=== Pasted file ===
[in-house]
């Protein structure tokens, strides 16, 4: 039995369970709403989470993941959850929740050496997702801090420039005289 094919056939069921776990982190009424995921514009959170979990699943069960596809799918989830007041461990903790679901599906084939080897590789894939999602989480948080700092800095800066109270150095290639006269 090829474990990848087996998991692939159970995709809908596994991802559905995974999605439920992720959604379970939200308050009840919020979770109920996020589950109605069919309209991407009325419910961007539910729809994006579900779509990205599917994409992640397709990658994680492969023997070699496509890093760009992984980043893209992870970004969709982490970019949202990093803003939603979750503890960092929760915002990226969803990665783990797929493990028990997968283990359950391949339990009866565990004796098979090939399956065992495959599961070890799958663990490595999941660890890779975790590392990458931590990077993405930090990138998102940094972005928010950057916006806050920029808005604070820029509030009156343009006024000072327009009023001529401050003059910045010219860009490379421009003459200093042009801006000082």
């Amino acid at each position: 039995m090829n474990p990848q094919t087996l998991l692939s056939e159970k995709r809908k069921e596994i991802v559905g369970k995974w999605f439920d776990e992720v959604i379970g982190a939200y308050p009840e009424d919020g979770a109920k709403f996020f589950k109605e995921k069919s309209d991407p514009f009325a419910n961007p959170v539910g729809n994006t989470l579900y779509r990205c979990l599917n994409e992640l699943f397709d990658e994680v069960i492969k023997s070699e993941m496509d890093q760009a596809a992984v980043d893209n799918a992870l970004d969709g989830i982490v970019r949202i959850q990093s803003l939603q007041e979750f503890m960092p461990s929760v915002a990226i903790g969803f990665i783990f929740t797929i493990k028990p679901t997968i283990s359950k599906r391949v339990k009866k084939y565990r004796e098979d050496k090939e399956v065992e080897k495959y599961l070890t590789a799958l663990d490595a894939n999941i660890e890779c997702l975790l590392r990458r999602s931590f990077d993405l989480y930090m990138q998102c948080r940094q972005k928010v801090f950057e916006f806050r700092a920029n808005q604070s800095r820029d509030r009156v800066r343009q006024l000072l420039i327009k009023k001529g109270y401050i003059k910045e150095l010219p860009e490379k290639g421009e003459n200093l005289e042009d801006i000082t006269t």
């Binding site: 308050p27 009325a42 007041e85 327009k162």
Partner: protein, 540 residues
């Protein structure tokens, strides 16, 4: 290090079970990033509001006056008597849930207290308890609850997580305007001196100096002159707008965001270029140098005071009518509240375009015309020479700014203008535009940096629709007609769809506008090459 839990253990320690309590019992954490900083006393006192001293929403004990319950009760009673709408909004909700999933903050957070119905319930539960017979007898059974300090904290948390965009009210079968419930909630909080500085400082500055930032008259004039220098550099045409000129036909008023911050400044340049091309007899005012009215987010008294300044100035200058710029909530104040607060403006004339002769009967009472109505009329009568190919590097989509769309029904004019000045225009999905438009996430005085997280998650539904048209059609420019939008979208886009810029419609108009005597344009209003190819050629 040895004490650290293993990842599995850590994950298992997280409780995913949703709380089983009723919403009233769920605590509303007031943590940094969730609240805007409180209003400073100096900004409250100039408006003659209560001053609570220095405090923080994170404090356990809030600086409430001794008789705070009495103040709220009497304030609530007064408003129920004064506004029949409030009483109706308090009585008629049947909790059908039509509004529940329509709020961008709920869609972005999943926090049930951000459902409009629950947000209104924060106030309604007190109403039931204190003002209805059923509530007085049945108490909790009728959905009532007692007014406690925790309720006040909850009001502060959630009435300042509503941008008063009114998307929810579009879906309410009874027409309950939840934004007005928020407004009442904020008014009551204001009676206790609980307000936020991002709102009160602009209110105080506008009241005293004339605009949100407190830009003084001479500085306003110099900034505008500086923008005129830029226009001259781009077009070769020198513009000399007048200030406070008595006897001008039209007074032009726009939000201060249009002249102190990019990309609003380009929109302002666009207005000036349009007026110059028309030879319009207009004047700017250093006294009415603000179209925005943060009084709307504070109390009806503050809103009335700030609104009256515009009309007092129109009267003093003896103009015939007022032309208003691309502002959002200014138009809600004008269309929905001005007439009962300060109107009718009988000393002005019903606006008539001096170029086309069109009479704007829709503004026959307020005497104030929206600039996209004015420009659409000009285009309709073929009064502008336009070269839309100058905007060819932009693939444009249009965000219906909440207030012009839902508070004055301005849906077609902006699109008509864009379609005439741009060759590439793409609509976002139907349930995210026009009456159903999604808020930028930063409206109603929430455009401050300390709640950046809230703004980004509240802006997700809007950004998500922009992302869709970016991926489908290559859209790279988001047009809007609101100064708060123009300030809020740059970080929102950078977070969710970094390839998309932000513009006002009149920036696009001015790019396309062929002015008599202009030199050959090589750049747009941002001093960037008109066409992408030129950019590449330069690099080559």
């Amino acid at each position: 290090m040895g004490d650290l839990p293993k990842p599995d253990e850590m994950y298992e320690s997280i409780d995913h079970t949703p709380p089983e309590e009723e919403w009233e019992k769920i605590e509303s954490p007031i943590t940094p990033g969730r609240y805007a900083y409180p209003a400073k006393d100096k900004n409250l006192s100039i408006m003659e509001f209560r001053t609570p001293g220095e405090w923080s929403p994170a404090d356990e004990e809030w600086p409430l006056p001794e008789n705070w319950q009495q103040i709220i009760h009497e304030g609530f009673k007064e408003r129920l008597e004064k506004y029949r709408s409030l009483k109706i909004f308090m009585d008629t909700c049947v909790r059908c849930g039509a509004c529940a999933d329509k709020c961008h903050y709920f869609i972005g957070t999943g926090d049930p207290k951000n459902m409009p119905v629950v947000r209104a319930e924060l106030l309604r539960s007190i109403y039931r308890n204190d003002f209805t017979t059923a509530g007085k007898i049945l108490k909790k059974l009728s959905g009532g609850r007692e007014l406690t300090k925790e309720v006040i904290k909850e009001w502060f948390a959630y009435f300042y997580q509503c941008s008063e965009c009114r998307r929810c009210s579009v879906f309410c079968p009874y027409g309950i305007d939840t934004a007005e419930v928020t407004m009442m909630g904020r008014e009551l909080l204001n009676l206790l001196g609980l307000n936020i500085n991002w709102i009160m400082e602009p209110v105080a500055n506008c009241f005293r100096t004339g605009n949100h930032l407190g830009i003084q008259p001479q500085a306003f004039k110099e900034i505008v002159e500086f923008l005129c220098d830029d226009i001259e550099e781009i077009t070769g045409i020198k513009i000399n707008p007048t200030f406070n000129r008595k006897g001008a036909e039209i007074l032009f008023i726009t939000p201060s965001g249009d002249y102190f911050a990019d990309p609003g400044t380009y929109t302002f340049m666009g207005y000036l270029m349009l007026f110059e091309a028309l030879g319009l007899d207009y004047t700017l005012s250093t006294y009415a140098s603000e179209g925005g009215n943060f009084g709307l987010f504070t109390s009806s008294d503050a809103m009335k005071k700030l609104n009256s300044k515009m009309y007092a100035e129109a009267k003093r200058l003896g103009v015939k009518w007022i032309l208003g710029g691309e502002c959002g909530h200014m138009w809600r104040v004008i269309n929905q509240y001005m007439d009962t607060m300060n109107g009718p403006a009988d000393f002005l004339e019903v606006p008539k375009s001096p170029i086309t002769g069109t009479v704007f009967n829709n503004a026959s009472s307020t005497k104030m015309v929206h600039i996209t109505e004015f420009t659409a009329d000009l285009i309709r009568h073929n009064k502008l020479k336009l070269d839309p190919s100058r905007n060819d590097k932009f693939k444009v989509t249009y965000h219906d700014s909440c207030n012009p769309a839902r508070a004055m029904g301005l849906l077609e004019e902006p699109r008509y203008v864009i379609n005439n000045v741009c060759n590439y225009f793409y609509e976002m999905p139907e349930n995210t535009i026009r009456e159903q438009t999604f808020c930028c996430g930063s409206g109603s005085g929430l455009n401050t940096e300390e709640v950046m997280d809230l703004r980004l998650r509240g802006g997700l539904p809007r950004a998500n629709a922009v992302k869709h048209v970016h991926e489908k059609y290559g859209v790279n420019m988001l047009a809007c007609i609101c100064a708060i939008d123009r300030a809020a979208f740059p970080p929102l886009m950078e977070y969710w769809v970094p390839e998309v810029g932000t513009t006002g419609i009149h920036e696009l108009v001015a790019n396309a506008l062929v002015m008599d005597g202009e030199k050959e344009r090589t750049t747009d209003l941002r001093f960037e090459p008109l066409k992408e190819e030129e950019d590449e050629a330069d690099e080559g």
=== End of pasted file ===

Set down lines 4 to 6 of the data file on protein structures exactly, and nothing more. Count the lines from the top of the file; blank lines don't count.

């Binding site: 308050p27 009325a42 007041e85 327009k162």
Partner: protein, 540 residues
């Protein structure tokens, strides 16, 4: 290090079970990033509001006056008597849930207290308890609850997580305007001196100096002159707008965001270029140098005071009518509240375009015309020479700014203008535009940096629709007609769809506008090459 839990253990320690309590019992954490900083006393006192001293929403004990319950009760009673709408909004909700999933903050957070119905319930539960017979007898059974300090904290948390965009009210079968419930909630909080500085400082500055930032008259004039220098550099045409000129036909008023911050400044340049091309007899005012009215987010008294300044100035200058710029909530104040607060403006004339002769009967009472109505009329009568190919590097989509769309029904004019000045225009999905438009996430005085997280998650539904048209059609420019939008979208886009810029419609108009005597344009209003190819050629 040895004490650290293993990842599995850590994950298992997280409780995913949703709380089983009723919403009233769920605590509303007031943590940094969730609240805007409180209003400073100096900004409250100039408006003659209560001053609570220095405090923080994170404090356990809030600086409430001794008789705070009495103040709220009497304030609530007064408003129920004064506004029949409030009483109706308090009585008629049947909790059908039509509004529940329509709020961008709920869609972005999943926090049930951000459902409009629950947000209104924060106030309604007190109403039931204190003002209805059923509530007085049945108490909790009728959905009532007692007014406690925790309720006040909850009001502060959630009435300042509503941008008063009114998307929810579009879906309410009874027409309950939840934004007005928020407004009442904020008014009551204001009676206790609980307000936020991002709102009160602009209110105080506008009241005293004339605009949100407190830009003084001479500085306003110099900034505008500086923008005129830029226009001259781009077009070769020198513009000399007048200030406070008595006897001008039209007074032009726009939000201060249009002249102190990019990309609003380009929109302002666009207005000036349009007026110059028309030879319009207009004047700017250093006294009415603000179209925005943060009084709307504070109390009806503050809103009335700030609104009256515009009309007092129109009267003093003896103009015939007022032309208003691309502002959002200014138009809600004008269309929905001005007439009962300060109107009718009988000393002005019903606006008539001096170029086309069109009479704007829709503004026959307020005497104030929206600039996209004015420009659409000009285009309709073929009064502008336009070269839309100058905007060819932009693939444009249009965000219906909440207030012009839902508070004055301005849906077609902006699109008509864009379609005439741009060759590439793409609509976002139907349930995210026009009456159903999604808020930028930063409206109603929430455009401050300390709640950046809230703004980004509240802006997700809007950004998500922009992302869709970016991926489908290559859209790279988001047009809007609101100064708060123009300030809020740059970080929102950078977070969710970094390839998309932000513009006002009149920036696009001015790019396309062929002015008599202009030199050959090589750049747009941002001093960037008109066409992408030129950019590449330069690099080559």